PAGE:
• You can always tell if an item is made from real leather since the material breathes and adjusts to the temperature of its environment.

  • When you're stressed, you're apt to take shorter breathes.

  • Pay attention to your breathing and count breathes.

  • The next time you find yourself embroiled in a heated argument, take one to three deep breathes (up to ten would be even better).

  • If it starts to accelerate or you feel as though you can't catch your breath, take a moment to count breathes.

  • Throat cancer can leave a person with a permanent tracheotomy, a hole in the neck through which the person breathes.

  • Try taking in deep breathes just as you would when smoking.

  • When you're cutting your fabric, make sure to make the dress big enough; a tight dress is uncomfortable even if the fabric breathes well.

  • You also want fabric that breathes and is lightweight.

  • You want to stay dry and comfortable with outerwear that breathes and won't cling or be too heavy as it gets wet.

  • It is lightweight, breathes well, and can be woven tightly enough so as not to let in sun rays, but still won't promote an excess of sweat.

  • Even for a summer cardigan, a lightweight wool is a practical choice, since it breathes.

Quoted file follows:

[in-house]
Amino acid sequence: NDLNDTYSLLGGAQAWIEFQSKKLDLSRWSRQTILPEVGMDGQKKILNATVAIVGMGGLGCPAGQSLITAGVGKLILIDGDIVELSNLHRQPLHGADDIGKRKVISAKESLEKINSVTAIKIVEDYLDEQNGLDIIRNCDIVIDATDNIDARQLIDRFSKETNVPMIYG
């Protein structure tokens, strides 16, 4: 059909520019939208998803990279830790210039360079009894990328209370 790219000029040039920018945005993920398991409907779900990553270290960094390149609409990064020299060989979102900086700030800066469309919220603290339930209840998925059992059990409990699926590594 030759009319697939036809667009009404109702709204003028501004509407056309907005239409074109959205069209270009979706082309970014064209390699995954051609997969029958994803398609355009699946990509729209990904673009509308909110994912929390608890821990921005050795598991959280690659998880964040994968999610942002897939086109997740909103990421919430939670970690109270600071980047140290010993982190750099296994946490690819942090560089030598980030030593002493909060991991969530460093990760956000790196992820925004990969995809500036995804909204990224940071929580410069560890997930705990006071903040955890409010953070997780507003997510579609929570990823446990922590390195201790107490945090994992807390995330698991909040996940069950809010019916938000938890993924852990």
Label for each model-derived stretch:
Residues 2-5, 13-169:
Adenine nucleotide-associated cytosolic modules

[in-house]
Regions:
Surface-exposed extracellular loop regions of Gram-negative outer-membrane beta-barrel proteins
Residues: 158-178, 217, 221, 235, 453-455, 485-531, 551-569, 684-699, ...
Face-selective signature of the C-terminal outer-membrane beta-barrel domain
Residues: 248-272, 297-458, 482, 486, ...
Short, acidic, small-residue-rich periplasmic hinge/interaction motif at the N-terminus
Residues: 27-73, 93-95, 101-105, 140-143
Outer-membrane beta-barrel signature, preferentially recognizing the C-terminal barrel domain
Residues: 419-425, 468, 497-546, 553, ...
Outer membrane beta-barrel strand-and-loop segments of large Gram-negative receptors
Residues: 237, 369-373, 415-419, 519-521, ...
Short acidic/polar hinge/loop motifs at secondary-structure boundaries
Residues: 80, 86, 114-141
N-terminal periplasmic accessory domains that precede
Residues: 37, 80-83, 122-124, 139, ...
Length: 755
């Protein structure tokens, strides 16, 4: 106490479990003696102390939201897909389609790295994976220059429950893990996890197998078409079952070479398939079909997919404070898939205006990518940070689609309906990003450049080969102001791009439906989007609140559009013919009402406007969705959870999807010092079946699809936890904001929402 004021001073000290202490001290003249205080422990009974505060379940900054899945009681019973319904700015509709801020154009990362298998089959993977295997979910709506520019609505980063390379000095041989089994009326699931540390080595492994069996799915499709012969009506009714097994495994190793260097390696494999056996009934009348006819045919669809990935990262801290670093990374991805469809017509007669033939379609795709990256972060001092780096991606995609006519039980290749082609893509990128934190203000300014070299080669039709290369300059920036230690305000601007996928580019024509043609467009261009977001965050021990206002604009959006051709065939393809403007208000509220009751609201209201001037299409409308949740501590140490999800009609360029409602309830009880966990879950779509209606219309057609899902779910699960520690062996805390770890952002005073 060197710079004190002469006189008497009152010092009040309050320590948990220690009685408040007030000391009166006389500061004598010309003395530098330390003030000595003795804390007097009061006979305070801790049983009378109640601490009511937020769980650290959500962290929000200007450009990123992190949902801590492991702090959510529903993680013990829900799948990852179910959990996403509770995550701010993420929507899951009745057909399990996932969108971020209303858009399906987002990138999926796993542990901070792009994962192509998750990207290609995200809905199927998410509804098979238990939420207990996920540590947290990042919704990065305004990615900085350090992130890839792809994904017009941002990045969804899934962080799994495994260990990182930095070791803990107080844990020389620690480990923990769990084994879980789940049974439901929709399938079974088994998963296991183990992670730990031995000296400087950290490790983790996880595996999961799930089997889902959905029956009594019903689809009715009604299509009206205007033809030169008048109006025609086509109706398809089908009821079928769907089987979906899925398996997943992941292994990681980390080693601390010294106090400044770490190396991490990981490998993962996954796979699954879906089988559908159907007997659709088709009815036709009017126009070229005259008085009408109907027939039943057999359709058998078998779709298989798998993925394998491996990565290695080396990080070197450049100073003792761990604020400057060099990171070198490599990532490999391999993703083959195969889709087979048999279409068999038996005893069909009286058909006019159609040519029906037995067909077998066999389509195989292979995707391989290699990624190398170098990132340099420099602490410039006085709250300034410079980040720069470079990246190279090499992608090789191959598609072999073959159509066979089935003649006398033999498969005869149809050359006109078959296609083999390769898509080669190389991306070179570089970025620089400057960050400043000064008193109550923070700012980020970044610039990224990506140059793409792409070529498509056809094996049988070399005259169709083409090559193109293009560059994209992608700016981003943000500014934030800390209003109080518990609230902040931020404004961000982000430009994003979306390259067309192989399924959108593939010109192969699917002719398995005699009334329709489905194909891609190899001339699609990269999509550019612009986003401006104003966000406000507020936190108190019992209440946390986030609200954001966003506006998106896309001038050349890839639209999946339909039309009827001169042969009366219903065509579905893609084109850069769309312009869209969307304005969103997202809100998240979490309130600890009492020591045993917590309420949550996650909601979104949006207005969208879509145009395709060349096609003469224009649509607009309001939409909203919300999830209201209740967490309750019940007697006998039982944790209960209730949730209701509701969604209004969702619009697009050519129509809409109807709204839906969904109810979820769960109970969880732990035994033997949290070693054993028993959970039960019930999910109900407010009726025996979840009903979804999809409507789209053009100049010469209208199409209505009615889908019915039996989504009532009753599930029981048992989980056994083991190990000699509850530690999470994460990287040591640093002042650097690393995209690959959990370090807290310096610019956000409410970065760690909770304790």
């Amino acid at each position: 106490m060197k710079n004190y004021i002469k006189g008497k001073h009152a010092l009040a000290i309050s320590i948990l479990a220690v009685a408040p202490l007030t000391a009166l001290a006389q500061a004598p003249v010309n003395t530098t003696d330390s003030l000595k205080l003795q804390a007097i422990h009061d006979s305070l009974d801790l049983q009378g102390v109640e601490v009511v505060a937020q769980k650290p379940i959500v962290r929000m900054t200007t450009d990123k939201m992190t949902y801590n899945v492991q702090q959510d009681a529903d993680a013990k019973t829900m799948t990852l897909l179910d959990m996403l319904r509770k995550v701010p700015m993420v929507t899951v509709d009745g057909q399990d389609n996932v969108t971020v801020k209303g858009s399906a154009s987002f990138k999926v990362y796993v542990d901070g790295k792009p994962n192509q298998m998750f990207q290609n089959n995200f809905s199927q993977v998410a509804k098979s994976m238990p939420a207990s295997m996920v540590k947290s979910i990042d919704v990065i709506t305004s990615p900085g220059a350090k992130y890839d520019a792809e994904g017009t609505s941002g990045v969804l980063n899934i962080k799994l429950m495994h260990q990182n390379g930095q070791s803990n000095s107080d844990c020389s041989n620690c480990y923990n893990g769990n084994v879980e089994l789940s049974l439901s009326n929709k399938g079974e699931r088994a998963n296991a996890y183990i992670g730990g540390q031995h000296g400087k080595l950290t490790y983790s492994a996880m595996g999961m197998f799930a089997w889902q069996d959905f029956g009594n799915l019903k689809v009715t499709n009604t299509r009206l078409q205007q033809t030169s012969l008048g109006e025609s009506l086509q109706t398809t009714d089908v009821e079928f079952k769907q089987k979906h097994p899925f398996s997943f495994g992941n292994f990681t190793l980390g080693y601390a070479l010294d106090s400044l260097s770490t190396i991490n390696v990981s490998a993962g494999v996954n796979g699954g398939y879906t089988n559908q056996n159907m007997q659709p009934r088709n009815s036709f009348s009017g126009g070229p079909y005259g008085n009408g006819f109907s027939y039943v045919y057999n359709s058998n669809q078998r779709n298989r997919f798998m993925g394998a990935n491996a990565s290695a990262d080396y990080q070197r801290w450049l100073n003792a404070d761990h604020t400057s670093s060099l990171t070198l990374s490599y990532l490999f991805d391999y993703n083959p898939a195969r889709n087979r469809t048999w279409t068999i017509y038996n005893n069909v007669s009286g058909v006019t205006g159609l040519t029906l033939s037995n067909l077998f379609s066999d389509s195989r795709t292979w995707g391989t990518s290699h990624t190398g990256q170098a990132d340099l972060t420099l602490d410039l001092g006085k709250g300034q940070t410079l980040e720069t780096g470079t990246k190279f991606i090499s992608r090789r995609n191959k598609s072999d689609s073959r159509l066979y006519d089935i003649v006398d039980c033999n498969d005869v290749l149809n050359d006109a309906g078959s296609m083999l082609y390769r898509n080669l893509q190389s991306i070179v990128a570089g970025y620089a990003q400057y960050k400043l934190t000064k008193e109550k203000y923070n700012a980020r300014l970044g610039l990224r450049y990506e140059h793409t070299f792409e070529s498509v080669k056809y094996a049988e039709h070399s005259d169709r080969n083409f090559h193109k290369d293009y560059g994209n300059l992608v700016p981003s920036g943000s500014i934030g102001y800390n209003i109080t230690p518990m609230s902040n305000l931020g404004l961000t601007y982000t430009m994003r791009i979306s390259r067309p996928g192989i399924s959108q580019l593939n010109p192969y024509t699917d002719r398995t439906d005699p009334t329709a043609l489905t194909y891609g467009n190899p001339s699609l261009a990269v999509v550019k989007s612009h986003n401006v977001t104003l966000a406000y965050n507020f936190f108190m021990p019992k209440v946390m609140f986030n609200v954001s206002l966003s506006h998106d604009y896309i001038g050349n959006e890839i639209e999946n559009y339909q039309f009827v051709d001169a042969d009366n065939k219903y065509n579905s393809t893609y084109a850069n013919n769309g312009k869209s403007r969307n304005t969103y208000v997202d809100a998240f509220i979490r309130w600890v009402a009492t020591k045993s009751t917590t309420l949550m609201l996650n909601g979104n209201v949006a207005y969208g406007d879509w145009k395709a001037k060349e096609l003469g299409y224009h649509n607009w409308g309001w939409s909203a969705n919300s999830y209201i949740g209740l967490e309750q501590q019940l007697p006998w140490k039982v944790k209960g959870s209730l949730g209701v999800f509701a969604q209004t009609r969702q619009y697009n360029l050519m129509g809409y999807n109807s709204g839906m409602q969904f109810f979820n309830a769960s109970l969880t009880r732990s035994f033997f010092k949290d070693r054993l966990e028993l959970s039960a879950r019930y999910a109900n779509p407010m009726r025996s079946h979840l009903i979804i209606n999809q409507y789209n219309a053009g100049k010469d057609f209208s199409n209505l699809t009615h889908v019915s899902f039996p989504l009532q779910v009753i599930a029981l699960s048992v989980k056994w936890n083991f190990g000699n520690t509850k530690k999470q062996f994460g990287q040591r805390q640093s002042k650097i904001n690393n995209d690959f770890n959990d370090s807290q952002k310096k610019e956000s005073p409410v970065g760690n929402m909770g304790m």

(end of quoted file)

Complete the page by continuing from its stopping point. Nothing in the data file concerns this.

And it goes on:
• Unless it's been chemically treated, it keeps you warm and also breathes, keeping moisture at bay.

  • It breathes better than any other fiber, allowing the body to get to a comfortable sleeping temperature faster and maintain that level of comfort longer.

  • Wool, on the other hand, breathes with you.

  • An empire dress is perfect for summer, because it is light and feminine and breathes well.

  • In some cases, only 25 percent of the normal breathes are taken in.

  • Nasal masks are not ideal for anyone who breathes through their mouth, as these masks cover and direct pressurized air only through the nasal passages.

  • Instead, the airflow lessens when the person exhales and increases when the person breathes in.

  • Then run up to him until he breathes fire at you.

  • In the first task, Harry needs to fly with his broomstick across some rough terrain while being chased by a dragon that breathes fire.

  • The product guarantee allows customers to get a replacement item or refund if they find that water or wind entered the pants or if they do not feel the fabric breathes enough.